Eight Dimensions of Human Culture and Religion

Ninian Smart, a key figure in religious studies, proposed that religious cultures evince seven dimensions. He argues that one advantage of using his scheme allows us to avoid presenting a too narrow perspective of a religion (or culture). Using these dimensions thus gives a more balanced presentation of a religious culture. We chose Smart’s scheme to serve as a tool to help us do a cheshbon nefesh kehali, a communal self-reflection and assessment of our school culture. We adapted his proposal, rethinking and renaming some of the dimensions, and adding one more. The Eight Dimensions as we use them include:

  1. Doctrinal/Philosophical Dimension: the beliefs, doctrines, and tenets that our school culture promotes.
  2. Ethical/Legal Dimension: the ethical values of our school culture, and how our procedures and regulations try to inculcate the opportunity for all of us to live them out.
  3. Mythic/Narrative Dimension: the key (“sacred”) stories that inspire and motivate everyone in our school culture, and to which we hope everyone feels connected.
  4. Practical/Ritual Dimension: the practices, rituals, and customs of our school culture.
  5. Experiential/Emotional: the experiences we provide for the members of our school culture so that we can together share the full range of human emotions.
  6. Material/Symbolic Dimension: the artifacts and symbols of our school culture.
  7. Visionary/Idealistic Dimension: the goals, hopes, and dreams that our school holds out for our students.
  8. Social/Organizational/Institutional Dimension: all the organizational and institutional structures that help promote the social cohesiveness of our school community and which help us to live out our beliefs [#1 above] and our hopes and dreams [#7 above].

Just as Smart contended that to understand a religious culture in its totality one needs to separate its various components, we realized that we, too, need to separate our school culture into eight workable components. The division of our school culture into such components is, of course, impossible in real time; we did so solely for the purpose of assessment and reflection. After all, the mission statement suggests that the success of our school cannot be measured merely by assessing integration and synthesis of course content. To assess our students’ readiness to enter the world after school grounded in Jewish ethical values that would lead them to transform the world around them required us to think much more broadly. We felt that these Eight Dimensions could serve us as a good tool for clarifying the vision, values, goals and broad-based concepts that are central to the school culture, especially as we apply them to the mission statement.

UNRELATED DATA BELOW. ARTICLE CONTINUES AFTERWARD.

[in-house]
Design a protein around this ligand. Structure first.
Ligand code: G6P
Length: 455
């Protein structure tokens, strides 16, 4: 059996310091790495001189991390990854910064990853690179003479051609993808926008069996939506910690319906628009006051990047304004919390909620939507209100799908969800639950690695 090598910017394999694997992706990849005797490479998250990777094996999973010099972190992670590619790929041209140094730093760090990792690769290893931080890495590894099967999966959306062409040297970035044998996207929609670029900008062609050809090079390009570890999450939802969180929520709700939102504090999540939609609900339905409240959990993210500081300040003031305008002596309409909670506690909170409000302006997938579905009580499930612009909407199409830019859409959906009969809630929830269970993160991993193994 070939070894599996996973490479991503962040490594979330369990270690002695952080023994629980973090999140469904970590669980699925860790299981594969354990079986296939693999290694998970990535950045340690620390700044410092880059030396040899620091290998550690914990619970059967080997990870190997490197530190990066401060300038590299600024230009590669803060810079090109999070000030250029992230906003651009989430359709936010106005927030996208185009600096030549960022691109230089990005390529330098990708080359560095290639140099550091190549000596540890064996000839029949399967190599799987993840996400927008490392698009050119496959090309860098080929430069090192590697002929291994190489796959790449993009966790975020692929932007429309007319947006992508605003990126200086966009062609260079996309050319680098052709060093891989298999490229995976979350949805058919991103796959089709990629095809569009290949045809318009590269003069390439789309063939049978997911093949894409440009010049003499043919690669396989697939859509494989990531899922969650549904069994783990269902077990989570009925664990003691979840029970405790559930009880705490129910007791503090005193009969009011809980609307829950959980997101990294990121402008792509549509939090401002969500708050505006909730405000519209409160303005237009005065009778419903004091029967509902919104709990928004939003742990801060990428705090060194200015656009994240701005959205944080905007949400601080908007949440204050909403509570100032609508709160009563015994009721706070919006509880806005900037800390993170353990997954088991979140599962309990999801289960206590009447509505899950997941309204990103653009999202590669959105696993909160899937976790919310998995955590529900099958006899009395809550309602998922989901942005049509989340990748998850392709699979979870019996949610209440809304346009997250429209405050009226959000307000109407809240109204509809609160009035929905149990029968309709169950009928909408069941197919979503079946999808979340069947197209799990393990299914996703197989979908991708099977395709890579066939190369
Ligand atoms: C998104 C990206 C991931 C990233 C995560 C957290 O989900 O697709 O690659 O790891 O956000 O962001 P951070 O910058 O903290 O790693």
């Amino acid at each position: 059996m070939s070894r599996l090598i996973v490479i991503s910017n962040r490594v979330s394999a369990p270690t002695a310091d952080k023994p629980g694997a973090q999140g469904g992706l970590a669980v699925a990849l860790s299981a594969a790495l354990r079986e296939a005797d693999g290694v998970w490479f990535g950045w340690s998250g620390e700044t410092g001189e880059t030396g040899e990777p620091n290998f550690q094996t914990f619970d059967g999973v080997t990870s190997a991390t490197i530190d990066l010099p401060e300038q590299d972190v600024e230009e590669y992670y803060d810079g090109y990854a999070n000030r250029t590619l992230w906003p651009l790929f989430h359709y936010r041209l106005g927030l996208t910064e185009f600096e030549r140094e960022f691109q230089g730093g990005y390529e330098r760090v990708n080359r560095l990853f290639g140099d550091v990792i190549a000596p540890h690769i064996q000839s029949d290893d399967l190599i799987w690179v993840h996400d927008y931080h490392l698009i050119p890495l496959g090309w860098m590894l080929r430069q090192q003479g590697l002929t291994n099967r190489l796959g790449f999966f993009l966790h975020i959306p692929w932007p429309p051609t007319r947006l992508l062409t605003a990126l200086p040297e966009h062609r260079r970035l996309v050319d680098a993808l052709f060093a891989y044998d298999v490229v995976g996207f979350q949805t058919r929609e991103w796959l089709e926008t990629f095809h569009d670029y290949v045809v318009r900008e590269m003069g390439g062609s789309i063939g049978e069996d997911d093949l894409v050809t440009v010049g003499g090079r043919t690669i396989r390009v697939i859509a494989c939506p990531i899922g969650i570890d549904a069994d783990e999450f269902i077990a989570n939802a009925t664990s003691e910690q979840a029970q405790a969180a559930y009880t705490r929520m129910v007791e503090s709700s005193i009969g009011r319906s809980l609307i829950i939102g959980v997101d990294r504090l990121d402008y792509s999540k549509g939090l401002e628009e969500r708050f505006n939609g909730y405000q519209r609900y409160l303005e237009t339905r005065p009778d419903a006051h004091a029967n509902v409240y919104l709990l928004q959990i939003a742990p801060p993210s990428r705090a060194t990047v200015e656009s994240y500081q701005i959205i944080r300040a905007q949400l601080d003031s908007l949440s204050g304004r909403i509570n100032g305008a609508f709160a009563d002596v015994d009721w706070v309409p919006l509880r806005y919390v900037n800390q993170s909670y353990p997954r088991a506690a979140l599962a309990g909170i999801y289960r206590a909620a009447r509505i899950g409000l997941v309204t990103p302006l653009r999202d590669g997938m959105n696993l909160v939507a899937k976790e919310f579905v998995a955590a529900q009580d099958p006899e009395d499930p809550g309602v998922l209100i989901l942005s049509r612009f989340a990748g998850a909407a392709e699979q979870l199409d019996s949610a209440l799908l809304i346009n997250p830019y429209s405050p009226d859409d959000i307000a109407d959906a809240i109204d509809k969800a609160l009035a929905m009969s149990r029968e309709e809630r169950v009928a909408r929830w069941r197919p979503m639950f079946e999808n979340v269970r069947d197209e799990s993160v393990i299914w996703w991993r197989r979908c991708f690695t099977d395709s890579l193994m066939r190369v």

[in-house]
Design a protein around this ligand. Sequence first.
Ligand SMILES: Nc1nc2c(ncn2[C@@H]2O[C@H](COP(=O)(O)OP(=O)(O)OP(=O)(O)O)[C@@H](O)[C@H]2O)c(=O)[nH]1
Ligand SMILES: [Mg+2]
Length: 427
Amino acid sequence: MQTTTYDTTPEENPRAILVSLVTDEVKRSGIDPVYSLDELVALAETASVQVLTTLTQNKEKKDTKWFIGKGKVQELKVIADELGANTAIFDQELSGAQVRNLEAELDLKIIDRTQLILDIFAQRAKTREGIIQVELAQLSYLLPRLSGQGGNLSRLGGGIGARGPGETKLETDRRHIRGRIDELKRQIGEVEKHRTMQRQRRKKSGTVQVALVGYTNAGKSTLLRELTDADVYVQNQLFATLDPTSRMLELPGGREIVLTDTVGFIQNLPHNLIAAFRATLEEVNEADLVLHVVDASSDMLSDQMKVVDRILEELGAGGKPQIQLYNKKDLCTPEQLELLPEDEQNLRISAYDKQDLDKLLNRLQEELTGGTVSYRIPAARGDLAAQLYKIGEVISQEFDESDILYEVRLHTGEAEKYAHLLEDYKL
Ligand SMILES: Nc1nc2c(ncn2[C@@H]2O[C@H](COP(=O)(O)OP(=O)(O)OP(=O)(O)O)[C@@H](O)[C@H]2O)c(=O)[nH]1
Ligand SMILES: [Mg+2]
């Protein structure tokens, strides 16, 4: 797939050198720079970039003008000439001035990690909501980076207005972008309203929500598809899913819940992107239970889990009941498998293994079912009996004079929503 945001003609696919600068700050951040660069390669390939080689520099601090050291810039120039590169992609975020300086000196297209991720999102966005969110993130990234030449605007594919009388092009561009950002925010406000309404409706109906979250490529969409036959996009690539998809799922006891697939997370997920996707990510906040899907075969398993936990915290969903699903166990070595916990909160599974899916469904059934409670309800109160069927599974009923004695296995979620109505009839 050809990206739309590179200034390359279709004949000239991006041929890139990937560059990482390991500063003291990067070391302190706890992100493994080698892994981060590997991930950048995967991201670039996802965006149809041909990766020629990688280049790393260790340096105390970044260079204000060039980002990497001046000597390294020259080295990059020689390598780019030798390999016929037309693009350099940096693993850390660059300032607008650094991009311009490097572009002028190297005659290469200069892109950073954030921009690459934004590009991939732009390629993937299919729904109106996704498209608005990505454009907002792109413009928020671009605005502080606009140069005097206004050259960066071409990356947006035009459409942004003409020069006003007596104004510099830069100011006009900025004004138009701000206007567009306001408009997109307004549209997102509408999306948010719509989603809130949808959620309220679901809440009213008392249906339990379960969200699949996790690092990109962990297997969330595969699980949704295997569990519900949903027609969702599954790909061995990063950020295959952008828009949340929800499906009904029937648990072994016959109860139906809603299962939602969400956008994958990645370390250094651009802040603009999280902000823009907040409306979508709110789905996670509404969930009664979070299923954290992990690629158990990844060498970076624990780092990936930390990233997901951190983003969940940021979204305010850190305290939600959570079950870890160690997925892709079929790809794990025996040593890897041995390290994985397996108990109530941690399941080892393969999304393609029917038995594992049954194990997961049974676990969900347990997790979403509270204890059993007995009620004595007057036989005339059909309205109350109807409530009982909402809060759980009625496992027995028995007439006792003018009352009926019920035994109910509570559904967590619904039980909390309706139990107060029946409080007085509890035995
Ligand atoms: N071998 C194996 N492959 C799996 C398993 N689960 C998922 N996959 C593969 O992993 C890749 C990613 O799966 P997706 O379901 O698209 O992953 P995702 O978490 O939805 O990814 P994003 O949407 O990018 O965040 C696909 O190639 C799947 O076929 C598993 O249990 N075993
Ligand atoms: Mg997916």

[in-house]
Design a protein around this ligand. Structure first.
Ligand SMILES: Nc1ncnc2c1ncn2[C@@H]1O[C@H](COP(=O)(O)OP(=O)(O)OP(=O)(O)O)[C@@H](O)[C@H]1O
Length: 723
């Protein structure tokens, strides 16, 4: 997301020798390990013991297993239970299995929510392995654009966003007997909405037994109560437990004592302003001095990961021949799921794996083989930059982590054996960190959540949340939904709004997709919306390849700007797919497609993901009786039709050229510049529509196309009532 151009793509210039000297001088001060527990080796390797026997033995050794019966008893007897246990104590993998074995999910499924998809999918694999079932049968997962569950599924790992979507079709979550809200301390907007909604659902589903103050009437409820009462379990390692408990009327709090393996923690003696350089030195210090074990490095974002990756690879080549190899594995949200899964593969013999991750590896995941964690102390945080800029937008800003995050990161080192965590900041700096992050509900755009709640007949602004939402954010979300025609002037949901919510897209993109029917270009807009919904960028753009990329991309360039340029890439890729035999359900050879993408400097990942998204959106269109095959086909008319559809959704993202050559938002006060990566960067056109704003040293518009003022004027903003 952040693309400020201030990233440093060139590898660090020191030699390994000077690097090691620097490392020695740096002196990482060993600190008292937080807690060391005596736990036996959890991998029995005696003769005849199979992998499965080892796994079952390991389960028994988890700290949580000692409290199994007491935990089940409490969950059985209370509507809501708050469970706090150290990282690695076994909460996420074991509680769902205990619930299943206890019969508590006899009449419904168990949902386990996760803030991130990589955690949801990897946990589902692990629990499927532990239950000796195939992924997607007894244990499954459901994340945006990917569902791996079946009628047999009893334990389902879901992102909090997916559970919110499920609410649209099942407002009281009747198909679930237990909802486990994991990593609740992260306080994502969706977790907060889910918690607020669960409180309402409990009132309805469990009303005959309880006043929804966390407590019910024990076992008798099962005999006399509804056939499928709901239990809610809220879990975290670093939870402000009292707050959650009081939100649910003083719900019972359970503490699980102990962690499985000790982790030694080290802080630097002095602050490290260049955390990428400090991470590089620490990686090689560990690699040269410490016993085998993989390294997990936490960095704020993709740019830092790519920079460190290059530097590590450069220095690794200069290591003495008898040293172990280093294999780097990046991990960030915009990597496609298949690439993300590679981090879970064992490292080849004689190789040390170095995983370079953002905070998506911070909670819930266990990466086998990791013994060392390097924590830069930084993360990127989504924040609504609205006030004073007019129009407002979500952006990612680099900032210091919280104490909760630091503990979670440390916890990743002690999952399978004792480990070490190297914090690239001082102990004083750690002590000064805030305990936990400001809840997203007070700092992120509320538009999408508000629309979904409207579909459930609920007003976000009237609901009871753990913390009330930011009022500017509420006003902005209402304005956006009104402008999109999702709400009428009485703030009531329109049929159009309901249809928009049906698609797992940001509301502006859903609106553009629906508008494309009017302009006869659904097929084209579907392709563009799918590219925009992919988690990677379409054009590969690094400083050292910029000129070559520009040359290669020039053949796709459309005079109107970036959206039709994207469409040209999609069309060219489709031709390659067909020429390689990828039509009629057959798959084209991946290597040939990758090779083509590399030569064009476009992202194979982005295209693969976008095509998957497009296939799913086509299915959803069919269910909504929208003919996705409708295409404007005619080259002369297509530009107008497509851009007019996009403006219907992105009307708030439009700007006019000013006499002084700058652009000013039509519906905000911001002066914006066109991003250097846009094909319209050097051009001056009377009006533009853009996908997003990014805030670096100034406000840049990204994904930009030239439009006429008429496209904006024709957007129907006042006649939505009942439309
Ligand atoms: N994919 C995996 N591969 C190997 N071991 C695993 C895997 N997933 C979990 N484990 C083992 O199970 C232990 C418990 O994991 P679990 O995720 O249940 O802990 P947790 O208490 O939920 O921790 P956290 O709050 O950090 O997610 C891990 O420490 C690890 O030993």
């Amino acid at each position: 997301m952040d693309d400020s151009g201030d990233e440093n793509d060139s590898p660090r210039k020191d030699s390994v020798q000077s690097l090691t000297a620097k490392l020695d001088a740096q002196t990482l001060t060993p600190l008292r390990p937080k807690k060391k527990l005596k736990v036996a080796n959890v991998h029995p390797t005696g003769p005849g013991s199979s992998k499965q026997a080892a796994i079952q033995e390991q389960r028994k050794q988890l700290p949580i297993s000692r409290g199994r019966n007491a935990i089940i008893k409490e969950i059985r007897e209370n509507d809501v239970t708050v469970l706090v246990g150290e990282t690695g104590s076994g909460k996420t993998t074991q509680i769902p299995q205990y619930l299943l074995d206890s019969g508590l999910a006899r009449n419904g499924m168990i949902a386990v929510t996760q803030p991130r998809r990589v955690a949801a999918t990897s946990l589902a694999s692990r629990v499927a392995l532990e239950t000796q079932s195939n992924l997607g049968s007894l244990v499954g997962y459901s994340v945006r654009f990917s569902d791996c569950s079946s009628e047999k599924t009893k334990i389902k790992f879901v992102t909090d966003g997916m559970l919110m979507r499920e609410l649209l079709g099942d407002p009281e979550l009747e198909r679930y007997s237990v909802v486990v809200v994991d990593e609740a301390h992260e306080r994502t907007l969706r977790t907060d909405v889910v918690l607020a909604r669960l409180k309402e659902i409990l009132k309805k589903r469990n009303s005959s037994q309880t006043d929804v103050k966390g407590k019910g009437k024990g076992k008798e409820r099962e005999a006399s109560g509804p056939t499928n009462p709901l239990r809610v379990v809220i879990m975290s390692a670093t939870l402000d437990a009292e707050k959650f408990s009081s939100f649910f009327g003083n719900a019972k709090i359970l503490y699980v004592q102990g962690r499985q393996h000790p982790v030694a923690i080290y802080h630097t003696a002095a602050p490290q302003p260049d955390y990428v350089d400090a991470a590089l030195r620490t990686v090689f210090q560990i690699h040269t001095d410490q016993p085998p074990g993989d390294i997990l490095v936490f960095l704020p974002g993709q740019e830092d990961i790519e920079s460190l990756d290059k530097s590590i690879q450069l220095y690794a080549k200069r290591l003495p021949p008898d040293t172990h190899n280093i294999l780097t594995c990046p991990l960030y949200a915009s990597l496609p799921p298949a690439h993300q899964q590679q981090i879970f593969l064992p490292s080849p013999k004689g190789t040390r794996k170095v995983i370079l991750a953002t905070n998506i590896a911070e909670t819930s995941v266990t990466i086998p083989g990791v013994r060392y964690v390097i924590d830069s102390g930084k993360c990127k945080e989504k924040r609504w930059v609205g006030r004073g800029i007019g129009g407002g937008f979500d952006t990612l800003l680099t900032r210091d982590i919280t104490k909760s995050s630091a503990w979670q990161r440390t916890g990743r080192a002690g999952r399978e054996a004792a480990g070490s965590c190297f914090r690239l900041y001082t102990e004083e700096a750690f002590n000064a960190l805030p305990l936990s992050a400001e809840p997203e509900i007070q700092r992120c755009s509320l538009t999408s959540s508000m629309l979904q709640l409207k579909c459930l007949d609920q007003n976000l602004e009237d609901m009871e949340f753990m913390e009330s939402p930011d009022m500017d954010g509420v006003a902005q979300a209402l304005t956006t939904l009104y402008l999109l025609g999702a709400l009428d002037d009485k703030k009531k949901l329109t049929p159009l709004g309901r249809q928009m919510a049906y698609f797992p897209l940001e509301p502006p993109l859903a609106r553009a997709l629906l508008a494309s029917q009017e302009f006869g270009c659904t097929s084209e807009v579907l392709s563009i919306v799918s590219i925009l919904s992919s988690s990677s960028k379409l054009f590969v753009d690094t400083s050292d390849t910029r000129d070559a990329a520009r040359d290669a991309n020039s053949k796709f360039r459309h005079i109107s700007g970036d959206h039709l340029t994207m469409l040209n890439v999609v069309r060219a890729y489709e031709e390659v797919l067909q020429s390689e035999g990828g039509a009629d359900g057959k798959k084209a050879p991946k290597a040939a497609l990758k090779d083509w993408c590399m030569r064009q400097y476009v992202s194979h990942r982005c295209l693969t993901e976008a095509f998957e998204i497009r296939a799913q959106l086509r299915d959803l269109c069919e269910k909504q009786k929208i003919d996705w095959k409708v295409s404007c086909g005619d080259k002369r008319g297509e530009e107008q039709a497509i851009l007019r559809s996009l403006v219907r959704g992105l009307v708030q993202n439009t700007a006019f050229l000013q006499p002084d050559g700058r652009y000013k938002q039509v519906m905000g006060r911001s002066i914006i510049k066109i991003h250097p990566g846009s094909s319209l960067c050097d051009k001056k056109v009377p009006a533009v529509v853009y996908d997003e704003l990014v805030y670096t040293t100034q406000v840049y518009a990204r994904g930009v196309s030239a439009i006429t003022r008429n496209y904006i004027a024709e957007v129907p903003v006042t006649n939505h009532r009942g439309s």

The model of the Eight Dimensions has given us valuable tools: it allows reflection on the key questions we raised above concerning the mission statement; it creates a common language and understanding, and it affords the community precise evidence to see exactly where we are in terms of actualizing the mission.

The social, organizational, and institutional dimension, for example, helps us address the first challenge we raised about our mission statement: What, precisely, is a Jewish leader? Our students have established over 20 different student clubs with a vision of their own and a will to pursue actions (such as fundraise, do volunteer management, and oversee the planning through execution of schoolwide presentations) that make a difference on our campus and beyond. Tenth and eleventh grade students who are members of our T’fillah Kehillah Institute design, coordinate and execute experiential and spiritual tefillot for the student body and the larger community. Other students belong to our cohort of student ambassadors, and together with our school staff help facilitate admission and advancement programs.